ELECTORAL REFORM
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Basic Law

Let Beijing reject winner of 2017 election, says Basic Law expert

Plan pitched to allow central government to pick runner-up over winner as city’s leader

PUBLISHED : Saturday, 30 November, 2013, 4:21am
UPDATED : Saturday, 30 November, 2013, 2:42pm

A prominent Basic Law expert has suggested allowing Beijing to appoint the 2017 chief executive candidate with the second highest number of ballots if it considers the winner to be unfit.

Albert Chen Hung-yee, a member of the Basic Law Committee, said the number of candidates should be limited to five.

Chen stressed he was making the suggestions in a personal capacity, and that he had not consulted any of his colleagues on the committee or any Beijing or Hong Kong officials.

The Hong Kong government’s first consultation document on the upcoming electoral reform is likely to be announced by Chief Secretary Carrie Lam Cheng Yuet-ngor at the Legislative Council meeting on December 11, according to an informed source.

Chen laid out his idea in an article in Ming Pao Daily yesterday.

Under his proposal, contenders will be chosen by a nominating committee, which resembles the existing 1,200-strong Election Committee.

The electoral base of the nominating committee would be expanded from that of the present Election Committee, with company directors and labour union members being allowed to vote in the respective sectors and all popularly elected district councillors automatically given seats on the committee.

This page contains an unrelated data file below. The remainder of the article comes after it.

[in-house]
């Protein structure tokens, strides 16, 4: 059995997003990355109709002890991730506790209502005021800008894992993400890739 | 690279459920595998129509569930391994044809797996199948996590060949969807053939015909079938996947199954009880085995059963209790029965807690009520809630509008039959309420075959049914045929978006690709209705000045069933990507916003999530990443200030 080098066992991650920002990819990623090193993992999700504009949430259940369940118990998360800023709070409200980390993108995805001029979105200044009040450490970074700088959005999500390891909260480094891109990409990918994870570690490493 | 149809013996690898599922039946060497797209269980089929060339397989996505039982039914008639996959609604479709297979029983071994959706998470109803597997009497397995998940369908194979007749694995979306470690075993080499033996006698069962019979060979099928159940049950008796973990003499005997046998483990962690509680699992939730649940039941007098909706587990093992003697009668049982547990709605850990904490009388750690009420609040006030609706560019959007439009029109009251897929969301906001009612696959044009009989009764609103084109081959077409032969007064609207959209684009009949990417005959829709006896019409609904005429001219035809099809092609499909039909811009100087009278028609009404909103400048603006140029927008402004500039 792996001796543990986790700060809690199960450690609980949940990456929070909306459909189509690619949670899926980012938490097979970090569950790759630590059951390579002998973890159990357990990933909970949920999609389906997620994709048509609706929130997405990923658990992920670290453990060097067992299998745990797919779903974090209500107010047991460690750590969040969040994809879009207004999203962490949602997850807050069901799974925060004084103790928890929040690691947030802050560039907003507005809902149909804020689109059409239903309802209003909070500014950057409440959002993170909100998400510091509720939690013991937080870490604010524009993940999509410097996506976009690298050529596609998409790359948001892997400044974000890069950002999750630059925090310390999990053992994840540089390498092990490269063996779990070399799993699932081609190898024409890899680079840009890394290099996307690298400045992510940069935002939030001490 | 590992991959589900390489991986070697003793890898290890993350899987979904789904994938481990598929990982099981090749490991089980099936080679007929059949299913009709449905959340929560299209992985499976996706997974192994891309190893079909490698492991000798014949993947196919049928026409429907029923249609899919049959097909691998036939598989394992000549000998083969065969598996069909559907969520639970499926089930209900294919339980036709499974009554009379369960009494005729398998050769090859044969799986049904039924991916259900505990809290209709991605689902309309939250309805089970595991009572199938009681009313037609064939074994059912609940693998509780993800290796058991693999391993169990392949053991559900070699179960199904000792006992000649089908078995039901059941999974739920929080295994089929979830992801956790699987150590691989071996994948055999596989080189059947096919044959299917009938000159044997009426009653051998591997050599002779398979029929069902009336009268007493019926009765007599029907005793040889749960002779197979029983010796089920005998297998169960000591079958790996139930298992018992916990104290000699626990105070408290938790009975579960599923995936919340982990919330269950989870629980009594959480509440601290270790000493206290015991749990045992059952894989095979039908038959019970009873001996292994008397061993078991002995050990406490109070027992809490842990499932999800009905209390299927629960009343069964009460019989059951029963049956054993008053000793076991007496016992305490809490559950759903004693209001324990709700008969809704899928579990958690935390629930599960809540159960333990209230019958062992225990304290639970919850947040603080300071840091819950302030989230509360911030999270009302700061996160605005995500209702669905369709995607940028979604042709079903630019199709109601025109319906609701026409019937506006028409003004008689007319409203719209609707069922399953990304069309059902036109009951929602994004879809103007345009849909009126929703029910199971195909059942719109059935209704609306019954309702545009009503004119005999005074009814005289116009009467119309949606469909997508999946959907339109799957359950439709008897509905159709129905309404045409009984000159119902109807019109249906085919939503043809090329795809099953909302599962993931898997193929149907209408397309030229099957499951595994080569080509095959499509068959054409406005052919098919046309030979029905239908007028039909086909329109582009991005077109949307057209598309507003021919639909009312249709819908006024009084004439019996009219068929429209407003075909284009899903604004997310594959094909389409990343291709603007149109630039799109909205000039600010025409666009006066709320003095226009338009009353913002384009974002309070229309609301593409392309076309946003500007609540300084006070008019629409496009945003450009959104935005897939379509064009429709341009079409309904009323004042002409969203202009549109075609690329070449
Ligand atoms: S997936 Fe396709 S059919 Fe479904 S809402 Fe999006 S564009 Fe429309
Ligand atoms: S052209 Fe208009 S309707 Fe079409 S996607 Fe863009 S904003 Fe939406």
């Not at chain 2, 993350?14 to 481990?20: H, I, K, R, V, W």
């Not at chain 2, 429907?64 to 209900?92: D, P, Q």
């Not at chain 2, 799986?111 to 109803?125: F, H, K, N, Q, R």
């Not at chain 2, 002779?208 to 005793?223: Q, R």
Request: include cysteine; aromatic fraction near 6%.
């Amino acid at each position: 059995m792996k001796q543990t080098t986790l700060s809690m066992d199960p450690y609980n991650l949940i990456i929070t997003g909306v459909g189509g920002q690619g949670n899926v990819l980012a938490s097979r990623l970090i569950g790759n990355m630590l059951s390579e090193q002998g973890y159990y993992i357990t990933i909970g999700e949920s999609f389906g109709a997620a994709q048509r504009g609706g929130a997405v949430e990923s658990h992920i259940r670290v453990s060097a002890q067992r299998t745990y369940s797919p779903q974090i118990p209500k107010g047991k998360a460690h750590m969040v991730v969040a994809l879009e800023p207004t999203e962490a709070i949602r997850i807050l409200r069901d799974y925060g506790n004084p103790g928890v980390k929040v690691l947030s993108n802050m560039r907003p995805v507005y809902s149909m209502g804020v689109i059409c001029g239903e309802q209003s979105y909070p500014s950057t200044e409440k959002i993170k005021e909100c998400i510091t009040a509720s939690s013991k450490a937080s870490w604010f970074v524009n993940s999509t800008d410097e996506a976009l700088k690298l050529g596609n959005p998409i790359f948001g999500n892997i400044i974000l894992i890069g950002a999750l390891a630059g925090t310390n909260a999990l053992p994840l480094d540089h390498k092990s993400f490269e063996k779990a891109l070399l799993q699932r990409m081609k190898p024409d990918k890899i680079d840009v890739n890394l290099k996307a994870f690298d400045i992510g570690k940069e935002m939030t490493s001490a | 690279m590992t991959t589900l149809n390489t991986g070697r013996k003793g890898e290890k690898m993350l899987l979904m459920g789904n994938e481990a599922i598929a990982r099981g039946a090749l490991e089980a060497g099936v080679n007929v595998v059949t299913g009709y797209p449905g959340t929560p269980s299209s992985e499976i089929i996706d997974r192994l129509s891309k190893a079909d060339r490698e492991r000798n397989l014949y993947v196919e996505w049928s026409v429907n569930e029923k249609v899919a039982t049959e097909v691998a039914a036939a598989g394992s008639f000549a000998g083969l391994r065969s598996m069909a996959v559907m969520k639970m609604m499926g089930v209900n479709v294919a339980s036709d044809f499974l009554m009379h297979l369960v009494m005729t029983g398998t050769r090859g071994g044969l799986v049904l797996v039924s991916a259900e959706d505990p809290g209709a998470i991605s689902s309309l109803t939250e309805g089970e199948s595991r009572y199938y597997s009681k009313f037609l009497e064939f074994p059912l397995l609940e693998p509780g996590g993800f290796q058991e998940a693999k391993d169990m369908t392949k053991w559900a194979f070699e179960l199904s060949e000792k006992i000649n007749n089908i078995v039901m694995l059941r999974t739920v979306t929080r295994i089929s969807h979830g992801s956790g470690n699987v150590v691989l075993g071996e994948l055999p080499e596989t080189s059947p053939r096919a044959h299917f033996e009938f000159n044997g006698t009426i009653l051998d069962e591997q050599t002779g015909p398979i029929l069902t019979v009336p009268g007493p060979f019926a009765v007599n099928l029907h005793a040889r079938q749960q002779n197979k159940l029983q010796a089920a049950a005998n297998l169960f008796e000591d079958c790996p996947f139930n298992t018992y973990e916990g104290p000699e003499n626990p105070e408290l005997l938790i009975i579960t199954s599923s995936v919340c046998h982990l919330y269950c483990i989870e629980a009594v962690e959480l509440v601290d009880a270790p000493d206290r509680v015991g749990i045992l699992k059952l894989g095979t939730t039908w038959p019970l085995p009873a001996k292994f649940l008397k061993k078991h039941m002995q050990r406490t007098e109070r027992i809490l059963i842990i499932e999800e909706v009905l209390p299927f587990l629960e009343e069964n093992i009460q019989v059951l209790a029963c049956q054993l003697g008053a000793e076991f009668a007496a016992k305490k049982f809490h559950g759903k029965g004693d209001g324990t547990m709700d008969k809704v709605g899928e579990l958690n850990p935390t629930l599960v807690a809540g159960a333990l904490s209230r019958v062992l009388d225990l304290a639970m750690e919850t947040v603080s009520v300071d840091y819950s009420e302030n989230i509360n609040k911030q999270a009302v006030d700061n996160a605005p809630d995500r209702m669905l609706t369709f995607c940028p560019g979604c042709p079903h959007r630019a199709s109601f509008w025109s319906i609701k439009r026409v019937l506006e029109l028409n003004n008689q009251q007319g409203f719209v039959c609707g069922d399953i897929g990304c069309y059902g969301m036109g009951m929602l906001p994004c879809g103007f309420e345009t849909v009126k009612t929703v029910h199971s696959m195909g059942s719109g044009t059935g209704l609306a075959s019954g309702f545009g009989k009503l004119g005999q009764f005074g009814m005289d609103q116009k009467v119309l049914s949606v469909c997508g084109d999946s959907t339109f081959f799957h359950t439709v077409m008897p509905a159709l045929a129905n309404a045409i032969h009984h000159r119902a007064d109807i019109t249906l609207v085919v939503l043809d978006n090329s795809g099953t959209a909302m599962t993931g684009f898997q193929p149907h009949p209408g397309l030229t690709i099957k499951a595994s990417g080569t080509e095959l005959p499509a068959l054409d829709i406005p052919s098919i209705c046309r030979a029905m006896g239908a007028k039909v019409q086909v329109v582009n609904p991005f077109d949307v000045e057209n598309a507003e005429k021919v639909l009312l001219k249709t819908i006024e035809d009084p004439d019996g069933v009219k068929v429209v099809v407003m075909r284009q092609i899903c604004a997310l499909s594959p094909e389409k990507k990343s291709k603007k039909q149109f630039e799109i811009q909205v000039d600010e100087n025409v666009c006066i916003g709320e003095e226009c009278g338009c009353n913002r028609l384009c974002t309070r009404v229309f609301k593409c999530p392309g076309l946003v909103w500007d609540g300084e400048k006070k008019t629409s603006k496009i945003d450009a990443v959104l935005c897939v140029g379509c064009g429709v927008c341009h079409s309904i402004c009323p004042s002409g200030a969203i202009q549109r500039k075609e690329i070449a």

A candidate would require the support of one-eighth of nominating committee members to stand in the election. If more than five people secured enough support, the committee would hold an internal ballot, from which five candidates would emerge.

The general public would then vote by ranking the choices one to five, an idea Chen said he had borrowed from Civic Party legislator Ronny Tong Ka-wah.

Tong said Chen's proposal was very different from his own plan, under which the nominating committee's electoral base would be further expanded and citizens would be able to choose from as many as 10 candidates.

Democratic Party Vice-Chairman Richard Tsoi Yiu-cheong said Chen's proposal offered Beijing too much power.

"The central government can simply refuse to appoint the winner and pick the runner-up without even holding another round of elections. That essentially means Beijing can do anything it wants," Tsoi said.

Democratic Party members have yet to put forward their own proposal, but have shown support for a three-pronged approach to nomination. A candidate could be nominated by a political party, about two per cent of general voters or a certain percentage of nominating committee members.

Chen maintained that capping the number of candidates at five was "lawful and legitimate under Article 45 of the Basic Law".

Elsie Leung Oi-sie, vice-chairwoman of the Basic Law Committee, said Chen's proposal risked violating the principle of balanced participation.

"By adding all district councillors, the committee may overly tilt towards the political sector," she told TVB.

 

 

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